Grace Health was recently awarded a grant from the United States Department of Agriculture (USDA) in the amount of $790,400 through their Distance Learning and Telemedicine (DLT) Grant Program, administered by the Rural Utilities Service (RUS).
Congressman Andy Barr's (right) Press Conference with USDA Rural Development Kentucky State Director Hilda Legg (left) and Michael Stanley, Grace Health CEO (center). This conference announced the USDA Distance Learning and Telemedicine Grants.
The purpose of the Grace Health DLT project is two-fold: 1) to increase services, including substance use disorders / opioid use disorders (SUD/OUD), to pregnant women served by Grace Health’s regional Women’s Care center via telehealth to improve health outcomes for newborns and 2) to offer tele-radiology services to patients using portable radiology equipment with an emphasis on serving our high-risk elderly and nursing home patients. Both of these service delivery models will be highly effective ways of meeting patients’ needs in the event the coronavirus returns in the fall and / or we experience a recurring annual “season” of the virus.
Grace Health’s DLT project service area includes Bell, Clay, and Knox counties. “All of our service area counties have been designated as part of federally designated Opportunity Zone designed to encourage economic and educational development in one of the nation’s most impoverished settings” states Michael Stanley, Grace Health’s CEO.
The proposed project will impact a total three-county service area population of 78,487 with high rates of low-income residents. Stanley reports, “We expect to serve approximately 1,025 community residents. By the end of the three-year project period, Grace Health will have implemented models of distance learning and telehealth that will be replicable in other rural communities for reducing barriers to access and increasing patient engagement.” Grace Health will focus this DLT project at four fixed sites and incorporate portable equipment at non-fixed sites. The portability of the devices included in this plan are critical to addressing the issues related to patient engagement, transportation and improving care coordination and education.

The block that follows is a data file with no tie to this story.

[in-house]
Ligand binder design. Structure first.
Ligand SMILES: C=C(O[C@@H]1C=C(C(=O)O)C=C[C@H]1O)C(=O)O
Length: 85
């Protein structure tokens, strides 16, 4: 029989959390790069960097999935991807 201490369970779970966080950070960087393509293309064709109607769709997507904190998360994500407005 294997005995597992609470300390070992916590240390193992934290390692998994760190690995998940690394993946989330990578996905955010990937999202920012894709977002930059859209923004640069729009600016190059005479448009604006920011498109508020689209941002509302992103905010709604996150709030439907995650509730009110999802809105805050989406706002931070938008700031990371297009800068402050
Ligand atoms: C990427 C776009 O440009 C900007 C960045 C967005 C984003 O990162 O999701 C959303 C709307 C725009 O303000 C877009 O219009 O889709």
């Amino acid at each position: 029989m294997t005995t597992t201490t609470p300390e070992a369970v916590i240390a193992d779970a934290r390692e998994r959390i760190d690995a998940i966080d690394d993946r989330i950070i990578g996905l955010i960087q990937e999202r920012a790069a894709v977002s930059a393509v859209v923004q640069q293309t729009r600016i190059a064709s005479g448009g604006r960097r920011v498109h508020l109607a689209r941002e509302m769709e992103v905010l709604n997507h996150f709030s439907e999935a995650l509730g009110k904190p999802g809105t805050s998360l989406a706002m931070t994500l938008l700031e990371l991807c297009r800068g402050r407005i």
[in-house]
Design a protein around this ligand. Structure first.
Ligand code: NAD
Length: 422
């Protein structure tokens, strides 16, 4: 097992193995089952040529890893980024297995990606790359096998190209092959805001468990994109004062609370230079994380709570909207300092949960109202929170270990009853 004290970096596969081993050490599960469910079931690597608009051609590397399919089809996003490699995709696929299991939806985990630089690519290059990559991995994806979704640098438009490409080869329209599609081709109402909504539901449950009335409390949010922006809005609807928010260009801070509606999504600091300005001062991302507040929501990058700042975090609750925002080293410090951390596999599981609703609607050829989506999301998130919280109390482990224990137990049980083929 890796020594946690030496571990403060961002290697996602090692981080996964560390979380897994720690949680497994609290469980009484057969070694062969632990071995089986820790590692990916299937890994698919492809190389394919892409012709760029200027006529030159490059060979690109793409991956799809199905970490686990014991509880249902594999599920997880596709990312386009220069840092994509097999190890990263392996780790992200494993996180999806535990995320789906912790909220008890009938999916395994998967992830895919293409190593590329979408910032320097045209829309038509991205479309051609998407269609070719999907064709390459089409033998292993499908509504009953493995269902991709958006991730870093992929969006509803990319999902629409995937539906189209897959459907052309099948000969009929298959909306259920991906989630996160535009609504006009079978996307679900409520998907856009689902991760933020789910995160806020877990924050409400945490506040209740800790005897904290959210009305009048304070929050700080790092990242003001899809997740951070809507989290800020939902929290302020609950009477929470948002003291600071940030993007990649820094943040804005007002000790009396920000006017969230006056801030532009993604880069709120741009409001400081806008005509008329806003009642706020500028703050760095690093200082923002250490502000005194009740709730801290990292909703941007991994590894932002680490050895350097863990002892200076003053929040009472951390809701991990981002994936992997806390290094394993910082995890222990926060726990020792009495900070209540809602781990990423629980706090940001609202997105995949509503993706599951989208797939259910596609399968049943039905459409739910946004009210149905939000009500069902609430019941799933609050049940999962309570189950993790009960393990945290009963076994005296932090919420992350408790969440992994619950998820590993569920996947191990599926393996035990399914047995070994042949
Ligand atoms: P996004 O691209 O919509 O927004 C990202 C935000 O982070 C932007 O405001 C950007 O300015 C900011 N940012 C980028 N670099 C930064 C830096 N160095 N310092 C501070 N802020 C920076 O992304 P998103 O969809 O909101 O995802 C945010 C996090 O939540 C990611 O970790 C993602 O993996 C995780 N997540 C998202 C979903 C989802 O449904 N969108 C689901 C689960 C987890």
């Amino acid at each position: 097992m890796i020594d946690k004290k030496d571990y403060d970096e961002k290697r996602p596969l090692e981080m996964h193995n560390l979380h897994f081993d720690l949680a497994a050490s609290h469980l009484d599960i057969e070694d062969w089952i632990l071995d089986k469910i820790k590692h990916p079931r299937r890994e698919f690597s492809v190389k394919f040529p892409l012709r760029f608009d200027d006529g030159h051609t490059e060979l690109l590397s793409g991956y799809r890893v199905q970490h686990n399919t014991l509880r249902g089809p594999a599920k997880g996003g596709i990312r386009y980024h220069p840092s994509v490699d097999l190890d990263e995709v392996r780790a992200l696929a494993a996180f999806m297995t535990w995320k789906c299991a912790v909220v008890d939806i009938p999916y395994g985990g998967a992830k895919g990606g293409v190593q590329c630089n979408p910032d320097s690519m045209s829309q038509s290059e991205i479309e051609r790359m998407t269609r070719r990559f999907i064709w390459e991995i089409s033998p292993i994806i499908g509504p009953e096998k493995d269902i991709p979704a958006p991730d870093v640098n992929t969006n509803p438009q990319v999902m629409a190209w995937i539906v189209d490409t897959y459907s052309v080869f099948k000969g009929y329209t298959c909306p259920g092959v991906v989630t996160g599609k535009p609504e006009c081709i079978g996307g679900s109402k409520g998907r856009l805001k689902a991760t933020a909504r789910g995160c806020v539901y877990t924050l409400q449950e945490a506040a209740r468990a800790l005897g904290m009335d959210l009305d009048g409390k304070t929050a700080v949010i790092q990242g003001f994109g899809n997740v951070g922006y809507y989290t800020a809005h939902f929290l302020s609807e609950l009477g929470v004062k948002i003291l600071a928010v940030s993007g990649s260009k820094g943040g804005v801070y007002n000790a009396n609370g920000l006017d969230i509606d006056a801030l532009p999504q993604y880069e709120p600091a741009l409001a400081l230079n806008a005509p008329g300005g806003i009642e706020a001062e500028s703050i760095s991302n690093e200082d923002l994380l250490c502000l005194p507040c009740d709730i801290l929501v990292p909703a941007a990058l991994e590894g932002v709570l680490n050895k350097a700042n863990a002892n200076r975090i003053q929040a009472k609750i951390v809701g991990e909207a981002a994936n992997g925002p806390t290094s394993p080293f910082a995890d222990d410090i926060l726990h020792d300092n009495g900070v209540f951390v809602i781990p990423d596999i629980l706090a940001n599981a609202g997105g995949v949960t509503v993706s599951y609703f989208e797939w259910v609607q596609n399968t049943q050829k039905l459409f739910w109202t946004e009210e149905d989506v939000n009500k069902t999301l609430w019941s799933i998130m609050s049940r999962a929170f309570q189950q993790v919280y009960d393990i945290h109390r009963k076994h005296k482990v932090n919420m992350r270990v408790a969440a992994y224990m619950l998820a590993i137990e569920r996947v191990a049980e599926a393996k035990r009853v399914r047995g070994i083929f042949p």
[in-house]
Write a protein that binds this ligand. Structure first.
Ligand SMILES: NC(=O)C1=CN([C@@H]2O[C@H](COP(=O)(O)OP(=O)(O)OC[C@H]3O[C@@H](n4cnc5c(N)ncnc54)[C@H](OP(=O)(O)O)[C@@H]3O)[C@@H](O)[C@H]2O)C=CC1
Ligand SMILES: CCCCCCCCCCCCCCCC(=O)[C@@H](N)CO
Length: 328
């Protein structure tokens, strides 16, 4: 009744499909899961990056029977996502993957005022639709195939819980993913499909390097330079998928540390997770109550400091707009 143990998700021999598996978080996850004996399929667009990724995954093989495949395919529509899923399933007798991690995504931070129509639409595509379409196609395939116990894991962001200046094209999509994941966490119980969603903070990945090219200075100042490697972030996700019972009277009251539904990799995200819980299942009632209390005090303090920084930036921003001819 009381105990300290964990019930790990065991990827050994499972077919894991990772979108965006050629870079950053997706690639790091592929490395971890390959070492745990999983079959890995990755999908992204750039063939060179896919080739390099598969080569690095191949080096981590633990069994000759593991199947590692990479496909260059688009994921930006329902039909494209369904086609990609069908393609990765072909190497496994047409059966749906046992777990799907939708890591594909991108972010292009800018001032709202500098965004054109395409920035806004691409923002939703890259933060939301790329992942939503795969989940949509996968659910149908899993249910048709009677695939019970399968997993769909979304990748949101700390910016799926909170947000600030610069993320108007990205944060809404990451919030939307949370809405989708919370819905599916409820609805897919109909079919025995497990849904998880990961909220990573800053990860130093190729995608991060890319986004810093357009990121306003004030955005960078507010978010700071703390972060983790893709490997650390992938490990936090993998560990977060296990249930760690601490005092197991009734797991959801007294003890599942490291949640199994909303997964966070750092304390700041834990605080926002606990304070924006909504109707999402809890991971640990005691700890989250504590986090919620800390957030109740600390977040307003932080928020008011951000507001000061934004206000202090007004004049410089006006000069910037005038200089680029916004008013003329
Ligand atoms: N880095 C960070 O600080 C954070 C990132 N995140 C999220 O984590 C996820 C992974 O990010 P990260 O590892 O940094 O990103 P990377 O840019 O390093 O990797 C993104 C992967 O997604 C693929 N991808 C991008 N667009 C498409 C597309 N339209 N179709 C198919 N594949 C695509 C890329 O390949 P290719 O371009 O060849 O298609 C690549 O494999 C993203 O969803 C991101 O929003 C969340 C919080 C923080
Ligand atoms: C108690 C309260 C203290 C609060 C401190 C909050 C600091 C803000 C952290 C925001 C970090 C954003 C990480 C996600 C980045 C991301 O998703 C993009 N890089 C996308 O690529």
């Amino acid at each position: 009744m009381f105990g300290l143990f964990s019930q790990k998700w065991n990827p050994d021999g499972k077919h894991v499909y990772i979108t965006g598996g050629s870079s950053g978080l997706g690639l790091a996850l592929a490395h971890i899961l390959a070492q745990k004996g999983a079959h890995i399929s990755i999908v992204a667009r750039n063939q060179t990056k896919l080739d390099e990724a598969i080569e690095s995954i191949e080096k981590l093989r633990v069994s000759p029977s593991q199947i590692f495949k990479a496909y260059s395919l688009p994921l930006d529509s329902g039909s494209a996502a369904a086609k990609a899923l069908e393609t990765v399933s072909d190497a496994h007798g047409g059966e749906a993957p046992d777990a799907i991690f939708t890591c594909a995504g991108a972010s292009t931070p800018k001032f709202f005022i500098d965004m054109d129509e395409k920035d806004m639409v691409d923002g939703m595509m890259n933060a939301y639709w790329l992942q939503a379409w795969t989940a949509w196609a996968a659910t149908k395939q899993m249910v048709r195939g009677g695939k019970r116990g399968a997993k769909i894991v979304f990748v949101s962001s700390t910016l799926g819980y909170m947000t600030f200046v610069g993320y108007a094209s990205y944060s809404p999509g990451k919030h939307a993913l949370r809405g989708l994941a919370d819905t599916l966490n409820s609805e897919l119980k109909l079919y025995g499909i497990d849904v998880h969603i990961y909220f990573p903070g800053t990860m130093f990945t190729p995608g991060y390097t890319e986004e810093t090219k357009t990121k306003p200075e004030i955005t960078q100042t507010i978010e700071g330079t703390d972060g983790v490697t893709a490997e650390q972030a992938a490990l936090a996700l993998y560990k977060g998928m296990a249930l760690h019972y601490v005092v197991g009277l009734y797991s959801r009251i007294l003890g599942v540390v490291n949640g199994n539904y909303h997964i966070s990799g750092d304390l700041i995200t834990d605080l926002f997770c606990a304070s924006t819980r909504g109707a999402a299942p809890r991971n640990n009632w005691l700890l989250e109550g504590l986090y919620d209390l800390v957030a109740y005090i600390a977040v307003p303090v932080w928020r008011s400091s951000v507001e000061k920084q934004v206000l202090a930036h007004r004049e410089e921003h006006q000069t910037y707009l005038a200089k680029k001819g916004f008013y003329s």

Pregnant women participating in medication-assisted treatment (MAT) are at increased risk of complications. The ability to maintain a high level of access for follow-up visits, patient support and patient education will truly impact outcomes for a healthy mother and a healthy baby. Teleradiology will reduce the rates at which nursing home and older patients have to go to the hospital for an x-ray to receive a diagnosis. Often, the trip to the hospital exacerbates problems for these patients. In addition, the availability of transportation is severely limited and often costly.
We expect to have the following outcomes:
- Increase education and care coordination to at least 500 pregnant women annually to mitigate unhealthy behaviors and reduce prevalence of low birth weight.
- Provide MAT to at least 150 pregnant women during the 3-year project period to reduce the prevalence of babies born with NAS/NOW.
- Reduce the costs of ambulance transportation needed for patients that may have pneumonia or other conditions requiring chest x-rays to reduce hospitalization rates and improve patient care.
- Increase access to services.
- Reduce the necessity for nursing home patient travel for diagnostic x-rays.
- Increase provider capacity to diagnose and treat patients in their respective clinic location.
For more information or to contact Grace Health, please visit GraceHealthKy.org.